Perfect for beginners, the Manfrotto Compact Photo Advanced is small and lightweight.
Its portability comes at the price of sturdiness, as it can only hold up to 6.6 pounds. It definitely won’t be able to handle anything heavier than an entry-level DSLR setup, but if this isn’t a dealbreaker for you, then you may find this monopod to be ideal for a variety of applications.
It deploys in a snap and can fold down quickly, so it’s optimal for travel and an overall pleasure to use. Also, the quick wheel that’s located just under the tripod screw makes it easy to mount your camera one-handed.
- Extended: 153.92 cm (60.6 in)
- Retracted: 38.1 cm (15 in)
- Weight: .40kg (0.88 lbs)
- Material: Carbon fiber
- 6-section adjustable leg extension
- Twist locks for secure opening and closing
- Foam hand grip and wrist strap
- Rubber foot (with interchangeable spike option) for enhanced stability
With a 22 lb. load capacity, this monopod was designed for use with 35mm cameras, DSLRs, and camcorders. Moreover, this sturdy Sirui model is appropriate for a range of photography styles, from wildlife and landscape to travel and sports. A maximum extended height of 60.6 inches makes this monopod comfortable for most people to use, including those of slightly above or below average height.
At less than a pound and collapsing down to just 15 inches, this monopod slips discreetly into just about any bag without adding too much weight.
[Related Reading: Tripod Vs. Monopod | When to Use Each]
- Extended: 142 cm (55.91 in)
- Retracted: 36 cm (14.17 in)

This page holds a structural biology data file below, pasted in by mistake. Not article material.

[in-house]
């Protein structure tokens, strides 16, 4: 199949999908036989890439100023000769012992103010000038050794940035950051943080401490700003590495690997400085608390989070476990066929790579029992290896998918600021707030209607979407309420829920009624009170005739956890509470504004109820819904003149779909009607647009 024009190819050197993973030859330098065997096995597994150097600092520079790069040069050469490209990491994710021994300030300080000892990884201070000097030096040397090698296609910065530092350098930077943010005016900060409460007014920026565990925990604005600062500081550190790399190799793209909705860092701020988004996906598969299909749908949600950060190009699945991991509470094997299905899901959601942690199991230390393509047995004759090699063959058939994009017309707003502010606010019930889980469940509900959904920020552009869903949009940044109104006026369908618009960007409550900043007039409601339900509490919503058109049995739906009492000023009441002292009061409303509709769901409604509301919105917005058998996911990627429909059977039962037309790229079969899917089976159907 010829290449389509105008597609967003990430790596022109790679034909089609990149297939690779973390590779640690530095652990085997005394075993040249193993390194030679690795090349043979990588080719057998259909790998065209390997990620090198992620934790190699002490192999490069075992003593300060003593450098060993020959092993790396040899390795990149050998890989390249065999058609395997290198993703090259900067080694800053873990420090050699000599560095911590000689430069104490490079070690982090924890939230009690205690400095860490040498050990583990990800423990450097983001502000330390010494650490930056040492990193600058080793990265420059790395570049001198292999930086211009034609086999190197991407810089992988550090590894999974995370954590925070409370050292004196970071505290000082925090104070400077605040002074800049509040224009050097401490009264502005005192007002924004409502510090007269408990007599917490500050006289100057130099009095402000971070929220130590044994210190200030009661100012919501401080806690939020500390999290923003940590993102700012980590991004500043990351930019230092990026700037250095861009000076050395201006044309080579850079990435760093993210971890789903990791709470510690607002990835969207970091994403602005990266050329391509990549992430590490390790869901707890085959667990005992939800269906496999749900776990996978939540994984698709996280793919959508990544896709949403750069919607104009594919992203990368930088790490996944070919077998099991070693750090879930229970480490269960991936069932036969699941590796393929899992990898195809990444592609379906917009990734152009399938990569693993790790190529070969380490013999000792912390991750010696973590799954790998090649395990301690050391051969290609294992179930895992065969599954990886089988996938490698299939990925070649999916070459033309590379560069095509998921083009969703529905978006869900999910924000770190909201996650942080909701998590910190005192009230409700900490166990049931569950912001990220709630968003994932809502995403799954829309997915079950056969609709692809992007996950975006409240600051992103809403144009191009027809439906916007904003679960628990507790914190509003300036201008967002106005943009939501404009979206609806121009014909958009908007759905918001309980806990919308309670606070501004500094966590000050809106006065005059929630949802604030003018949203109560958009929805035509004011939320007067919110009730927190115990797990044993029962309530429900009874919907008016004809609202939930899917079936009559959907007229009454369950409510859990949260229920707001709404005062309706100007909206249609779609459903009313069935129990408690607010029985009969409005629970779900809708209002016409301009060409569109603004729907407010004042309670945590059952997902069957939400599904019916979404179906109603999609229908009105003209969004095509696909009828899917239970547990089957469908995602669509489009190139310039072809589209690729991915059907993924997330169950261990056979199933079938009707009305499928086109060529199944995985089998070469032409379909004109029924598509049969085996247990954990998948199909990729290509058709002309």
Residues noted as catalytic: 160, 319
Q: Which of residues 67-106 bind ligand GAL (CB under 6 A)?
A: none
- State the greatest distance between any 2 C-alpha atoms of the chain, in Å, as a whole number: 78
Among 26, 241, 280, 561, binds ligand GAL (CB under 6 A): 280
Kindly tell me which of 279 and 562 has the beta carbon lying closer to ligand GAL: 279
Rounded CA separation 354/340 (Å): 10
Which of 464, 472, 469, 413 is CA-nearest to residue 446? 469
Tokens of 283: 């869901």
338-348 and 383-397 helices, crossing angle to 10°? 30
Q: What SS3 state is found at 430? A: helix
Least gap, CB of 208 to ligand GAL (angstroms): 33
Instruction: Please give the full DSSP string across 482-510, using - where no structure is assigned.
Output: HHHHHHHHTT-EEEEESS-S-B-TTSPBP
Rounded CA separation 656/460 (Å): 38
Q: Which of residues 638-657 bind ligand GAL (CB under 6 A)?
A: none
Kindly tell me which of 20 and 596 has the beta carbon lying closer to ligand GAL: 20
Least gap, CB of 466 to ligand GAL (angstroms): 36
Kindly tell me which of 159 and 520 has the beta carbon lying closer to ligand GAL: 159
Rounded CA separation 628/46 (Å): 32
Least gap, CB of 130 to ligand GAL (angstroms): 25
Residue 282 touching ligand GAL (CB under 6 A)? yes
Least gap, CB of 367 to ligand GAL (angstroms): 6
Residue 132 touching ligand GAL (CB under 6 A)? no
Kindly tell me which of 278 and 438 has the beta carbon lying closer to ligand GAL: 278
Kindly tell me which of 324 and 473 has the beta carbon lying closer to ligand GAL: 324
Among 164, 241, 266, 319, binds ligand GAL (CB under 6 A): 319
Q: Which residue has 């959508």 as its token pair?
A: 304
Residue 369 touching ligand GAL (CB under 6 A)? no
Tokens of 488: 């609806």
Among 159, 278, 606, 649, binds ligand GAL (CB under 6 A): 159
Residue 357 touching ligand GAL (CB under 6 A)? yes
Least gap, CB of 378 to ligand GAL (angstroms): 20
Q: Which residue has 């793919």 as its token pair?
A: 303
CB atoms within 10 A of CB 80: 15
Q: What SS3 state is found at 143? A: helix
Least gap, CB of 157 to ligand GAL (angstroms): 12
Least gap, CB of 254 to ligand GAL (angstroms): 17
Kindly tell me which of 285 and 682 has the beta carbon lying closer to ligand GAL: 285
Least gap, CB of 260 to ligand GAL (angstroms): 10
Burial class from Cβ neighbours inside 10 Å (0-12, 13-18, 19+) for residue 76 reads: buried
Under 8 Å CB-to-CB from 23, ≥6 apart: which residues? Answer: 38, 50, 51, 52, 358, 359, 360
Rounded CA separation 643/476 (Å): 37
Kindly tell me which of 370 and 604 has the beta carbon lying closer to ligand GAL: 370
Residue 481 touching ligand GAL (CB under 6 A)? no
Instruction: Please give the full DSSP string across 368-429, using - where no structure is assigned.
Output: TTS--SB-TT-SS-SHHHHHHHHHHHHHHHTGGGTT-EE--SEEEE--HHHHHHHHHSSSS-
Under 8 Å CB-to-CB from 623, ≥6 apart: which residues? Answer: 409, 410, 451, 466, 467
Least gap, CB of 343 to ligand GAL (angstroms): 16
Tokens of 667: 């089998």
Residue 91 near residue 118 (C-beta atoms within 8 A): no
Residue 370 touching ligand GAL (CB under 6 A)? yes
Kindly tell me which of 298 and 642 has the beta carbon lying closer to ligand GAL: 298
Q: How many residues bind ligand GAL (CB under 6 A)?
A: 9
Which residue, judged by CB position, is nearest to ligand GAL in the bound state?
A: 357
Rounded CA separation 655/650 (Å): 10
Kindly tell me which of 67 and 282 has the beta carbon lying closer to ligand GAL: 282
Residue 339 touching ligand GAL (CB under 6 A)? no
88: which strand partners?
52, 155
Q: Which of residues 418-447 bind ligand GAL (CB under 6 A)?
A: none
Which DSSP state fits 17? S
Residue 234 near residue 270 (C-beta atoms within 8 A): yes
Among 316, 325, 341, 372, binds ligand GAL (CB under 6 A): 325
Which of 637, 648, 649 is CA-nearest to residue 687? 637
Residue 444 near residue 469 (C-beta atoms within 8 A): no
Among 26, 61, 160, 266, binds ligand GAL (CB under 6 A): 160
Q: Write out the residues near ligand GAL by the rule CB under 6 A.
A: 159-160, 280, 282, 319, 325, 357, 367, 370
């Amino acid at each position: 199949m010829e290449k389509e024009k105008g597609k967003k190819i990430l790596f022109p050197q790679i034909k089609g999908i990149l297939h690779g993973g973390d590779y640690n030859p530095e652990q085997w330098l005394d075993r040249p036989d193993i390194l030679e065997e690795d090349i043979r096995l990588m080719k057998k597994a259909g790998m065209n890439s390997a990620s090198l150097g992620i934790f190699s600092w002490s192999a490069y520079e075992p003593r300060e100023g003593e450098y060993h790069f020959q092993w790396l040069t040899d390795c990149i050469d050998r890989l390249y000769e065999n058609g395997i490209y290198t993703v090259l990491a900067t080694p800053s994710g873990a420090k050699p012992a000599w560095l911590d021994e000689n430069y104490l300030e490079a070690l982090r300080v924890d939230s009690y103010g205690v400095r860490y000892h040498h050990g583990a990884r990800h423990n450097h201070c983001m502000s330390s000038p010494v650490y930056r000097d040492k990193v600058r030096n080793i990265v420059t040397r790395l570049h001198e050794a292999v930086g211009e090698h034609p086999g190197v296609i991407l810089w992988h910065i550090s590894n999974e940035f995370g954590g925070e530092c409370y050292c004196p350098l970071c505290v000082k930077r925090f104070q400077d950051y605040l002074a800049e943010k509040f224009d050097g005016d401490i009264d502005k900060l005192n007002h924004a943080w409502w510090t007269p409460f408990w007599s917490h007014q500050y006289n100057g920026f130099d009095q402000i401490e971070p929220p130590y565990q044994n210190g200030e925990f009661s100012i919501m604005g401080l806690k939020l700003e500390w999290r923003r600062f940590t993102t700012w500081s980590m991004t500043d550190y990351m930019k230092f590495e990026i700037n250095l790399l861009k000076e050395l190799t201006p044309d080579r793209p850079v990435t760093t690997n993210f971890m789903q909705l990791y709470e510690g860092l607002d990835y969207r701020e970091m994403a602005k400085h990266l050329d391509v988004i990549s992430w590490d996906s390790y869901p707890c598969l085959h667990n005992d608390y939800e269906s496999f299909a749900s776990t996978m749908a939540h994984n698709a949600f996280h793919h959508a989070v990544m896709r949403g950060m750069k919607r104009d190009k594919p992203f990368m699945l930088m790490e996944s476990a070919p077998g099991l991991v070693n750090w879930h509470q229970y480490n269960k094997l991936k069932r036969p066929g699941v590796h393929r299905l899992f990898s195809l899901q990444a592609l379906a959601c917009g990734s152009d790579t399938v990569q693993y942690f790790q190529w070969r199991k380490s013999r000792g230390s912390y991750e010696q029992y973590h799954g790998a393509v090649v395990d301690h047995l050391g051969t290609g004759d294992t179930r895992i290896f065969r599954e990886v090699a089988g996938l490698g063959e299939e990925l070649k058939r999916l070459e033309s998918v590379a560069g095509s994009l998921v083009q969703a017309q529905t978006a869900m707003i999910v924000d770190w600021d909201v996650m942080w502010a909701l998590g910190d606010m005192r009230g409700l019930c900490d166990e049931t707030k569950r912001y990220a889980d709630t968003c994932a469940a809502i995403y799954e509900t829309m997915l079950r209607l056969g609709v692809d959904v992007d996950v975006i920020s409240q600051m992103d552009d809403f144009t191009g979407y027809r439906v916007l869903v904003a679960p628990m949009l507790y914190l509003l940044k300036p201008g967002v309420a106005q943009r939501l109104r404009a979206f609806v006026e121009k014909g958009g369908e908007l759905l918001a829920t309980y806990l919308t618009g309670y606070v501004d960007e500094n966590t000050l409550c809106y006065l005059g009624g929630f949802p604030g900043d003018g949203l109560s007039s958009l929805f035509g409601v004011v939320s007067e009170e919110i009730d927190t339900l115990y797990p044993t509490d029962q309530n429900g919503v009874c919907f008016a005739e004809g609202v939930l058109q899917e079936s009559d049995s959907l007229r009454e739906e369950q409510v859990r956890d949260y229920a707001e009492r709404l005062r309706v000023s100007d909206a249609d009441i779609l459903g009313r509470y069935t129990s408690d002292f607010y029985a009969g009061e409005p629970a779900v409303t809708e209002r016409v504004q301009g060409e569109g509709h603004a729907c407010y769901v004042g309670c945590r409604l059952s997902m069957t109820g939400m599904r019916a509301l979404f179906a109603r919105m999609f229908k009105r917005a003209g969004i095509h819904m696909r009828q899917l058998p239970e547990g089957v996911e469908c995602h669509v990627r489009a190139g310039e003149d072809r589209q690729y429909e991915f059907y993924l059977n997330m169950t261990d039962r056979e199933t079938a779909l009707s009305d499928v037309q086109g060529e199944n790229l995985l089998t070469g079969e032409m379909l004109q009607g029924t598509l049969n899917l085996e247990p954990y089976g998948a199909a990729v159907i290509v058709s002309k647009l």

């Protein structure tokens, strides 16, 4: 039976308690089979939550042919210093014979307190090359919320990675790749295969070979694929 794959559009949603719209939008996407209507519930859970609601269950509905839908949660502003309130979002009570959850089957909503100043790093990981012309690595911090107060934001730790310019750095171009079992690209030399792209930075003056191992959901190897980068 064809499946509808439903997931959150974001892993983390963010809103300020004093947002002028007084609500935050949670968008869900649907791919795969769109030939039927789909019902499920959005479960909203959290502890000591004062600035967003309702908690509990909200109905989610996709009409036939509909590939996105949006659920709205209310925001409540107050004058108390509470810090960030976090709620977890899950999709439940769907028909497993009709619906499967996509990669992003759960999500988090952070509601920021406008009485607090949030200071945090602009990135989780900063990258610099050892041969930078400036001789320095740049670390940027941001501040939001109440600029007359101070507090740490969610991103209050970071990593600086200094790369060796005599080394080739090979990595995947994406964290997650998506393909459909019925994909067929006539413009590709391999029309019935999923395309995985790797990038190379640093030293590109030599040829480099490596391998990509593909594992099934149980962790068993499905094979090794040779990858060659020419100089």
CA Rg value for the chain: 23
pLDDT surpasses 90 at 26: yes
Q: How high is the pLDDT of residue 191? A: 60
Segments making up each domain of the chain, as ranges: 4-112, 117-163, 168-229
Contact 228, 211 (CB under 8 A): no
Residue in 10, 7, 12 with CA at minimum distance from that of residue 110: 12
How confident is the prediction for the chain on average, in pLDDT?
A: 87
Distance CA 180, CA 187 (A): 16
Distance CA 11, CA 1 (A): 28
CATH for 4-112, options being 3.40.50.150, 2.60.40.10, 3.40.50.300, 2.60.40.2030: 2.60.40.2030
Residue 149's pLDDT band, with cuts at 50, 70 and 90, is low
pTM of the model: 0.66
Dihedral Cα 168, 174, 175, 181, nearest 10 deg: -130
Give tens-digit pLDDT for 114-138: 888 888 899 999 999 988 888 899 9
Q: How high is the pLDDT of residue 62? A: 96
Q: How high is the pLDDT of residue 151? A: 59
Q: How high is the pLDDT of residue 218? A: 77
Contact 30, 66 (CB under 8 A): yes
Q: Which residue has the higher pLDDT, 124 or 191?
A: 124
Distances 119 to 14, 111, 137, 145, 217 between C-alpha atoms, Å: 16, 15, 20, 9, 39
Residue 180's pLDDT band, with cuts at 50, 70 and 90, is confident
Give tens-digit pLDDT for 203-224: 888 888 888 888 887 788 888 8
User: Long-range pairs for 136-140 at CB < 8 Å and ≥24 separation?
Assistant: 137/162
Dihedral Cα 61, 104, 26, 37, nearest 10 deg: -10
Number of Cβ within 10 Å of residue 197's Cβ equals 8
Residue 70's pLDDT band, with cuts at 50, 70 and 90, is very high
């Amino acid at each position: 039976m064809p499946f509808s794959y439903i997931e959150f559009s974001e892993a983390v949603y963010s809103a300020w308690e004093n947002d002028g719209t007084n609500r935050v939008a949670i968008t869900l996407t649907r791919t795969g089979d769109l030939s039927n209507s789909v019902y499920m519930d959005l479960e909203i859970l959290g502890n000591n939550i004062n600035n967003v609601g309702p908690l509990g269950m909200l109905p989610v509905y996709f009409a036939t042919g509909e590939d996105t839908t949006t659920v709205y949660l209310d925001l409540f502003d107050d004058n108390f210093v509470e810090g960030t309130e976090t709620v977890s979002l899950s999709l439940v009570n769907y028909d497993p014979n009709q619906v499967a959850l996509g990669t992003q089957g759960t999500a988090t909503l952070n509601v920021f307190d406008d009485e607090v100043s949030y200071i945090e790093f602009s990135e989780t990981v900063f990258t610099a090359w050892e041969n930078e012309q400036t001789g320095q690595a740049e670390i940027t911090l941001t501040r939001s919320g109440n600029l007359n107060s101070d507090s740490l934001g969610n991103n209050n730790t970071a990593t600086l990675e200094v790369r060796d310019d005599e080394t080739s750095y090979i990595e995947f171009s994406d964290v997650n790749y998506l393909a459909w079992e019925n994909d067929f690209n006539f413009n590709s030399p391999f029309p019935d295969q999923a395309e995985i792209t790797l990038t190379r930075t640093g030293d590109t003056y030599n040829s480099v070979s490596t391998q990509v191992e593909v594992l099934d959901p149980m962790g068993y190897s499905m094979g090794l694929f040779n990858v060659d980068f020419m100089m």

- Weight: .405kg (.89 lbs)
- Material: Carbon Exact
- Compact and lightweight, ideal for fast action and portability
- G-Lock system for easy setup and secure leg lock
- Anti-leg rotation system for fast and precise action
The Gitzo Series 2 Traveler GM2562T’s price point doesn’t exactly make it a bargain, but since this model is hailed as the most compact monopod in the range with a 6-section construction and the compact Traveler G-locks, it’s fitting that the price tag reflects that premium level of quality.
Plus, there’s no denying that Gitzo really pulled out all the stops with this one. It’s easy to carry but also strong enough to support a full-sized DSLR and a sizable lens. It also features cutting-edge anti-leg rotation system technology that allows for setup times as fast as 15 seconds.
5. Benro A38FD
- Extended: 154.94 cm (61 in)
- Retracted: 54.1 cm (21.3 in)
- Weight: 2.1lbs (0.95kg)
- Material: Aluminum
- Three-leg folding base with ball joint for stable shooting
- Anti-rotation leg system for quick set-up
- flip-lock mechanisms for easy height adjustment
- Foam hand grip
Ideal for capturing fast-moving sports shots, this affordable model from Benro combines the portability you want from a monopod while also providing stability that’s comparable to a tripod. A ball joint in the base allows for the smooth tilting and panning required for steady shots.
It can sit securely on the ground, thanks to its three-leg locking base, and can hold up to 40 pounds without teetering or falling. As an added bonus, an anti-rotation leg system makes it a breeze to set up, and flip-lock leg levers make it easy to adjust the height.
I hope you found this roundup of the best monopods for photographers helpful. What other recommendations would you add to this short list?